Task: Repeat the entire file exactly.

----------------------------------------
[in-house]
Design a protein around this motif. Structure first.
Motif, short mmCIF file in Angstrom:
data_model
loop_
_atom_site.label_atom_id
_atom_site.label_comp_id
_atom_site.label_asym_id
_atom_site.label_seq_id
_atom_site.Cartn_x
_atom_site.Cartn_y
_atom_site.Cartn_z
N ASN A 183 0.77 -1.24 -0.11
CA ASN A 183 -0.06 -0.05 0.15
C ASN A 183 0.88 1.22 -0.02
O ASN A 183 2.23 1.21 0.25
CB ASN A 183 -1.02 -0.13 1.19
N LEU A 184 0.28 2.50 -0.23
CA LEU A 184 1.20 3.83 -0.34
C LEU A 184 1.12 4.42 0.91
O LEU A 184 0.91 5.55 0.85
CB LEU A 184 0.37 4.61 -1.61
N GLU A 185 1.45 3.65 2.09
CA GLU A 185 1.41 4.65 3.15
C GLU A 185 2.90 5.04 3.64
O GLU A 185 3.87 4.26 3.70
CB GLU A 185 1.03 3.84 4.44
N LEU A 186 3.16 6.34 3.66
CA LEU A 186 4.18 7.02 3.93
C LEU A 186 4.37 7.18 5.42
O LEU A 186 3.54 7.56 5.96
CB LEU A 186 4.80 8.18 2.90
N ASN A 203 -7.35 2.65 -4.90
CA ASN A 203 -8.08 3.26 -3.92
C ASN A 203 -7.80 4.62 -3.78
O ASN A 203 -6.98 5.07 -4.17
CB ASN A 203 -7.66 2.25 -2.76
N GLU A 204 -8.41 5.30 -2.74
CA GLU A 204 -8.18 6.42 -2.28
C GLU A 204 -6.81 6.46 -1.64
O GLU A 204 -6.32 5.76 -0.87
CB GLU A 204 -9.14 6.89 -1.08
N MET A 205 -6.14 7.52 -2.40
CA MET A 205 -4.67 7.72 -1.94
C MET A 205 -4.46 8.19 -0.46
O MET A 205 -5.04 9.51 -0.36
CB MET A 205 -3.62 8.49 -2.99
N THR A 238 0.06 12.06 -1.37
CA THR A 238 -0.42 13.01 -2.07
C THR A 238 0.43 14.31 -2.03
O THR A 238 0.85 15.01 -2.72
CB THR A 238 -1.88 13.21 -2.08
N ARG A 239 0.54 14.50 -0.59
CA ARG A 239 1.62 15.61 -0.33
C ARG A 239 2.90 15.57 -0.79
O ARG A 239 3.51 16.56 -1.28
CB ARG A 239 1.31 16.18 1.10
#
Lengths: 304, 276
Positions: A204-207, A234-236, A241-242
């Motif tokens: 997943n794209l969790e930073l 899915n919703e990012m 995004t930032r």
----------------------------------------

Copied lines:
[in-house]
Design a protein around this motif. Structure first.
Motif, short mmCIF file in Angstrom:
data_model
loop_
_atom_site.label_atom_id
_atom_site.label_comp_id
_atom_site.label_asym_id
_atom_site.label_seq_id
_atom_site.Cartn_x
_atom_site.Cartn_y
_atom_site.Cartn_z
N ASN A 183 0.77 -1.24 -0.11
CA ASN A 183 -0.06 -0.05 0.15
C ASN A 183 0.88 1.22 -0.02
O ASN A 183 2.23 1.21 0.25
CB ASN A 183 -1.02 -0.13 1.19
N LEU A 184 0.28 2.50 -0.23
CA LEU A 184 1.20 3.83 -0.34
C LEU A 184 1.12 4.42 0.91
O LEU A 184 0.91 5.55 0.85
CB LEU A 184 0.37 4.61 -1.61
N GLU A 185 1.45 3.65 2.09
CA GLU A 185 1.41 4.65 3.15
C GLU A 185 2.90 5.04 3.64
O GLU A 185 3.87 4.26 3.70
CB GLU A 185 1.03 3.84 4.44
N LEU A 186 3.16 6.34 3.66
CA LEU A 186 4.18 7.02 3.93
C LEU A 186 4.37 7.18 5.42
O LEU A 186 3.54 7.56 5.96
CB LEU A 186 4.80 8.18 2.90
N ASN A 203 -7.35 2.65 -4.90
CA ASN A 203 -8.08 3.26 -3.92
C ASN A 203 -7.80 4.62 -3.78
O ASN A 203 -6.98 5.07 -4.17
CB ASN A 203 -7.66 2.25 -2.76
N GLU A 204 -8.41 5.30 -2.74
CA GLU A 204 -8.18 6.42 -2.28
C GLU A 204 -6.81 6.46 -1.64
O GLU A 204 -6.32 5.76 -0.87
CB GLU A 204 -9.14 6.89 -1.08
N MET A 205 -6.14 7.52 -2.40
CA MET A 205 -4.67 7.72 -1.94
C MET A 205 -4.46 8.19 -0.46
O MET A 205 -5.04 9.51 -0.36
CB MET A 205 -3.62 8.49 -2.99
N THR A 238 0.06 12.06 -1.37
CA THR A 238 -0.42 13.01 -2.07
C THR A 238 0.43 14.31 -2.03
O THR A 238 0.85 15.01 -2.72
CB THR A 238 -1.88 13.21 -2.08
N ARG A 239 0.54 14.50 -0.59
CA ARG A 239 1.62 15.61 -0.33
C ARG A 239 2.90 15.57 -0.79
O ARG A 239 3.51 16.56 -1.28
CB ARG A 239 1.31 16.18 1.10
#
Lengths: 304, 276
Positions: A204-207, A234-236, A241-242
């Motif tokens: 997943n794209l969790e930073l 899915n919703e990012m 995004t930032r």